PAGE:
The Cert NZ report shows New Zealanders from Invercargill to the Bay of Islands suffered cybersecurity incidents, with the most common account types that attackers gained access to were cloud services and email accounts.
Cert NZ received 992 reports of unauthorized access in the latest quarter involving business and personal email accounts.
FintechNZ general manager James Brown says it is positive for New Zealand to see about 1000 incidents of cyber being reported to Cert NZ, however, the bigger question is how many are not being reported.
"We know that only six percent of Kiwi companies have adequate protection," he says.
"We also know that there are some fundamental basics that a company can put in place with no or minimal cost.
"People and staff still pose a great risk, so cybersecurity issues need to be high on the management agenda.
"We know that cyber incidents cost New Zealand about $1.7 million in the last quarter and phishing made up 45 percent of all incidents reported.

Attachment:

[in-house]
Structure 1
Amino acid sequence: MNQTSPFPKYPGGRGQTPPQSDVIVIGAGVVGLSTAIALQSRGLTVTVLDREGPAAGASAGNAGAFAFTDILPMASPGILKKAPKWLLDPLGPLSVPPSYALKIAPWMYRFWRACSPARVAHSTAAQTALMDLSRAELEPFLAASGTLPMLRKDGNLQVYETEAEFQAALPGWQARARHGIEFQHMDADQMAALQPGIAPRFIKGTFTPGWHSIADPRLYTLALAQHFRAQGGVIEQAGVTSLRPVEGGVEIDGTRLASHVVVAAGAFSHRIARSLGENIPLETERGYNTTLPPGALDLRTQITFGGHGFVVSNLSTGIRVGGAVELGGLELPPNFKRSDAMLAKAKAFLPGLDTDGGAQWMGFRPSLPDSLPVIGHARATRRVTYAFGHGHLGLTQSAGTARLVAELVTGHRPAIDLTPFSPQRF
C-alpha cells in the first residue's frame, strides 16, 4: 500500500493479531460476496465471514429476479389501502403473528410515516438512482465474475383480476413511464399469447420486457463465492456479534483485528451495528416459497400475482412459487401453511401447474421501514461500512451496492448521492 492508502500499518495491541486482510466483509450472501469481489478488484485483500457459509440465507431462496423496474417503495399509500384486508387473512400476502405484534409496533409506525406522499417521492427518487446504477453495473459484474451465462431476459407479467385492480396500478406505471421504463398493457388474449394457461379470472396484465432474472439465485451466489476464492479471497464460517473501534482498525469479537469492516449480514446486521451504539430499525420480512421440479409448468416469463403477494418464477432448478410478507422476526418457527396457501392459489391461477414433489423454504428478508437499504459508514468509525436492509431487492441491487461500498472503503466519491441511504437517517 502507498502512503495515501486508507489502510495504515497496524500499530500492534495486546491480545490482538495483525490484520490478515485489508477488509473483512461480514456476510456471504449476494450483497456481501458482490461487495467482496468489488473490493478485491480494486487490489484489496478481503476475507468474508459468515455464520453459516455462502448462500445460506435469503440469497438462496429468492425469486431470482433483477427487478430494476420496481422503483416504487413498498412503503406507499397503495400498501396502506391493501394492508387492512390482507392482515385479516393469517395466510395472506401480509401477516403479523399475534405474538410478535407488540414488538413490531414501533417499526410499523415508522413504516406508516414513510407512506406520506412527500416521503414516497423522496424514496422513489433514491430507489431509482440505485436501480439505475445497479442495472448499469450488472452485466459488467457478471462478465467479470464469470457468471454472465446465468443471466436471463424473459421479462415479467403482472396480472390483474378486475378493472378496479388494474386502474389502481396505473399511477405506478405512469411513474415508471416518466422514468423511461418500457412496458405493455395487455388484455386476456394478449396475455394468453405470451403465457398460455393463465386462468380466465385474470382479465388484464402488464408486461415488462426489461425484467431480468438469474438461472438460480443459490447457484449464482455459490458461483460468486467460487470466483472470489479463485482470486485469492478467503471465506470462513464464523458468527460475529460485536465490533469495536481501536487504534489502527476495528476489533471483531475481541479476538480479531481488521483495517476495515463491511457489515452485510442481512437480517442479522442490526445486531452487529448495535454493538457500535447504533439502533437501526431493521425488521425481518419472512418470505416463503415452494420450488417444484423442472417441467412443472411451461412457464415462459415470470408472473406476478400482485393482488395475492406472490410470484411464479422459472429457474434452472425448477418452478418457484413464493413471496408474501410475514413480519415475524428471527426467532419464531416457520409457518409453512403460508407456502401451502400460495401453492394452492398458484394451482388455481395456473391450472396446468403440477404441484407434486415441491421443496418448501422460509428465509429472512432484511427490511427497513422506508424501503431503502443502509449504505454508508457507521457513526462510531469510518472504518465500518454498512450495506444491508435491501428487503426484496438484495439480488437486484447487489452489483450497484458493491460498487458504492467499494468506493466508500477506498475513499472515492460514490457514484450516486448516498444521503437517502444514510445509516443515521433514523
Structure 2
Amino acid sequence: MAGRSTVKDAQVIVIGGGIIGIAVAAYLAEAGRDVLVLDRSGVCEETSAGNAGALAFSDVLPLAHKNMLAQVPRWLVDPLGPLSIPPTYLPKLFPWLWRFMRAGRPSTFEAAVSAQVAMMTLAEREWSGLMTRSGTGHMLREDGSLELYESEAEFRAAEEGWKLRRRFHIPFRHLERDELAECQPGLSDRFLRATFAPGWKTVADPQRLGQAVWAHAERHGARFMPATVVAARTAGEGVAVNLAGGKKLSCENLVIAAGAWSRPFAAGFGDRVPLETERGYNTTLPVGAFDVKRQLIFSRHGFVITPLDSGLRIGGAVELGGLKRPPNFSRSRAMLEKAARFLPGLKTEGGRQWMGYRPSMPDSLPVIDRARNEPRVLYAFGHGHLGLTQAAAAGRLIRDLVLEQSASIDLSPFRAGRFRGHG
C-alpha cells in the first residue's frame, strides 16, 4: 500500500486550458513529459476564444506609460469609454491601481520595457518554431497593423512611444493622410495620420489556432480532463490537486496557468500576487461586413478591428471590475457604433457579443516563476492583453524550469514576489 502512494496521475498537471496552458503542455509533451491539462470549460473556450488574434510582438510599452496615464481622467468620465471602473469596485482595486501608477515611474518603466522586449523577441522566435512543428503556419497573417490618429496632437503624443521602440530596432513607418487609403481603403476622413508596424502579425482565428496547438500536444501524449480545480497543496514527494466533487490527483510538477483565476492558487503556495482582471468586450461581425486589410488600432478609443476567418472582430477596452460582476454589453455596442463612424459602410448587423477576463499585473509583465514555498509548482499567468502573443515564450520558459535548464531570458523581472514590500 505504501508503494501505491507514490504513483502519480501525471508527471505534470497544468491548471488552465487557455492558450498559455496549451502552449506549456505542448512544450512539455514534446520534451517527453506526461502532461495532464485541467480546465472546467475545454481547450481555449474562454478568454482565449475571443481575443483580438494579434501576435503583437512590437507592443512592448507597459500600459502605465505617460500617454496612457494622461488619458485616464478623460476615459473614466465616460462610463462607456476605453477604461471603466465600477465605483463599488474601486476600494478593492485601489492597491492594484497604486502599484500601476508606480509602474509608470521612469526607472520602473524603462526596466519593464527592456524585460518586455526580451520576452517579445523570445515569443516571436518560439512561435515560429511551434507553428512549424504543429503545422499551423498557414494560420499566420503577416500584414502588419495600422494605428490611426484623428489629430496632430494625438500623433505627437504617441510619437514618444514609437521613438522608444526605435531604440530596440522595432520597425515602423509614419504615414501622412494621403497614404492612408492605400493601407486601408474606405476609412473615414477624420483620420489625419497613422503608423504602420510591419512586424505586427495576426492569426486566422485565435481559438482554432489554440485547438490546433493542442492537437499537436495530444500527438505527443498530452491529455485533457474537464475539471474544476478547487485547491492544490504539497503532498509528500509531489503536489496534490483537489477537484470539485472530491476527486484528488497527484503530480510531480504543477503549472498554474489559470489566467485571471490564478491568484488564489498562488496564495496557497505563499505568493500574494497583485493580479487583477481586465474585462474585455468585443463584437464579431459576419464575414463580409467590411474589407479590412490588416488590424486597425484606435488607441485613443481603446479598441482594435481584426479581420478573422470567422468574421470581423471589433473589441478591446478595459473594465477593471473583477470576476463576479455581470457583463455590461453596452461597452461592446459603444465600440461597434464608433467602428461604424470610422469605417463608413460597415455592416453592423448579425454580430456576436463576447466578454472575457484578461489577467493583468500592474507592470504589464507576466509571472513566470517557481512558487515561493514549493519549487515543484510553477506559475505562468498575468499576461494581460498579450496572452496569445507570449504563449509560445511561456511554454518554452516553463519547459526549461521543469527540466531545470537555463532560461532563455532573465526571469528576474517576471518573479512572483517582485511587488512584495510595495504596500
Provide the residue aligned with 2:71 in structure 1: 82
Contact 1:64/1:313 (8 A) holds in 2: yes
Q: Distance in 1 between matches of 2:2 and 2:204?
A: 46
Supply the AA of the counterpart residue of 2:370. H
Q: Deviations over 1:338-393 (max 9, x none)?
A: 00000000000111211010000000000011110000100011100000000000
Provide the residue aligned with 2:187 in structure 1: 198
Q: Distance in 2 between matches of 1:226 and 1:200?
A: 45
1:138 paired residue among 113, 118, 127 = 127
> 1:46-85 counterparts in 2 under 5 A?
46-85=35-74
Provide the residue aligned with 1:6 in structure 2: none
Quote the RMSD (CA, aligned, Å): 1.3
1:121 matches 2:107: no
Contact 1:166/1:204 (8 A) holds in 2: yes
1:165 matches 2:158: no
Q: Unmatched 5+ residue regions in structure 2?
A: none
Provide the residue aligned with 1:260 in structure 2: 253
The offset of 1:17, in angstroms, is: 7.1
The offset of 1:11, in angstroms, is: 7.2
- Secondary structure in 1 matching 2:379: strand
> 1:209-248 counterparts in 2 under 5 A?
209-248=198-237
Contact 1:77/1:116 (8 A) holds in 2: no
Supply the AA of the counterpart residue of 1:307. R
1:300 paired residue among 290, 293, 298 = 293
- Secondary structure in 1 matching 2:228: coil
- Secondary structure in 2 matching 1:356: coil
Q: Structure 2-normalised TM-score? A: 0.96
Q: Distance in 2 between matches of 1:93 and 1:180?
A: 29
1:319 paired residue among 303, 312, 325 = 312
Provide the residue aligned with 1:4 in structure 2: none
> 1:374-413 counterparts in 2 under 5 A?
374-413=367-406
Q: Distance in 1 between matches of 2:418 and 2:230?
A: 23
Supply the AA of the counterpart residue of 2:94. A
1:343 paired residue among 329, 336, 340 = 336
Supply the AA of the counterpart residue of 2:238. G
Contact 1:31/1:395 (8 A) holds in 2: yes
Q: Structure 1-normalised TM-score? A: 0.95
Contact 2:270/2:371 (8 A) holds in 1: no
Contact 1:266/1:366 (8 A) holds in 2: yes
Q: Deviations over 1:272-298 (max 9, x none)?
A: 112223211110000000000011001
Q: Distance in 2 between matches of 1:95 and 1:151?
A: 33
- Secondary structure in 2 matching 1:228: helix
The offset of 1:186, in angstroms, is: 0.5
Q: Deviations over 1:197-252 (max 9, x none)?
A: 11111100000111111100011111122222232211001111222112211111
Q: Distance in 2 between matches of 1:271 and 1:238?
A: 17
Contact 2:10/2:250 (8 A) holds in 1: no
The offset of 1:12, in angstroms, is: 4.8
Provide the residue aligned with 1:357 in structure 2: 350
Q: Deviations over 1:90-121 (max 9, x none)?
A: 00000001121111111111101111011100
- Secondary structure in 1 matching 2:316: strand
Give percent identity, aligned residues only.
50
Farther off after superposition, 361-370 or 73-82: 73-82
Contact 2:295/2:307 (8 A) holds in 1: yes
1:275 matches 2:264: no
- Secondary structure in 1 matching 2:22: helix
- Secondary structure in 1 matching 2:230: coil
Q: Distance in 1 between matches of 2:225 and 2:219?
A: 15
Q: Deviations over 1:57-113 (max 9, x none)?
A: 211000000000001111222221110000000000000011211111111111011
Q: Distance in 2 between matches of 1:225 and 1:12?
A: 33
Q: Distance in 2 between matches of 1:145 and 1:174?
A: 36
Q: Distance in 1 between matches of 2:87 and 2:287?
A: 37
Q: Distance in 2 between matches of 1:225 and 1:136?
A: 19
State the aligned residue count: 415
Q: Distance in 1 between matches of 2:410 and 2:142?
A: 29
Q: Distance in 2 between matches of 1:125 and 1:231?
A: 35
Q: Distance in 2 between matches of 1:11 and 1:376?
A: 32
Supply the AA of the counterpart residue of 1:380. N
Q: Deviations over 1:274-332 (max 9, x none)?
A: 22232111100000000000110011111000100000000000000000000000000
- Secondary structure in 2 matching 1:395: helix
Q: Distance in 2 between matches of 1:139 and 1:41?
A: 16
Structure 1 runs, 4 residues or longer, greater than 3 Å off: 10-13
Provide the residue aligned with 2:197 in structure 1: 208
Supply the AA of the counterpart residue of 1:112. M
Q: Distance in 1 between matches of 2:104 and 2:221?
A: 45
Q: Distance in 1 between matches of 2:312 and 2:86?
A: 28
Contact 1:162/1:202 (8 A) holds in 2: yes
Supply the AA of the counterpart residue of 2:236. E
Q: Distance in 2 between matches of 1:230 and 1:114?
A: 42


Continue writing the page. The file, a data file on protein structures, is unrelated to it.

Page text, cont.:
"But that's only the ones that have been recorded. Not every business wants to advertise they have been hacked for obvious reasons.
"Unitec is developing a product to help combat these issues and we are keen to do a national roadshow to help educate companies to protect themselves with some simple steps."
Brown says small steps can be taken to minimize the impact of a cyber attack in New Zealand.
Some basic actions should be put in place straight away. Companies should install, use and regularly update antivirus and antispyware software on every computer used in their business and keep it updated.
"Businesses must control physical access to their computers and network components and secure their wi-fi networks. Companies should make sure their employees only have access to the data they work with and they should all regularly change passwords."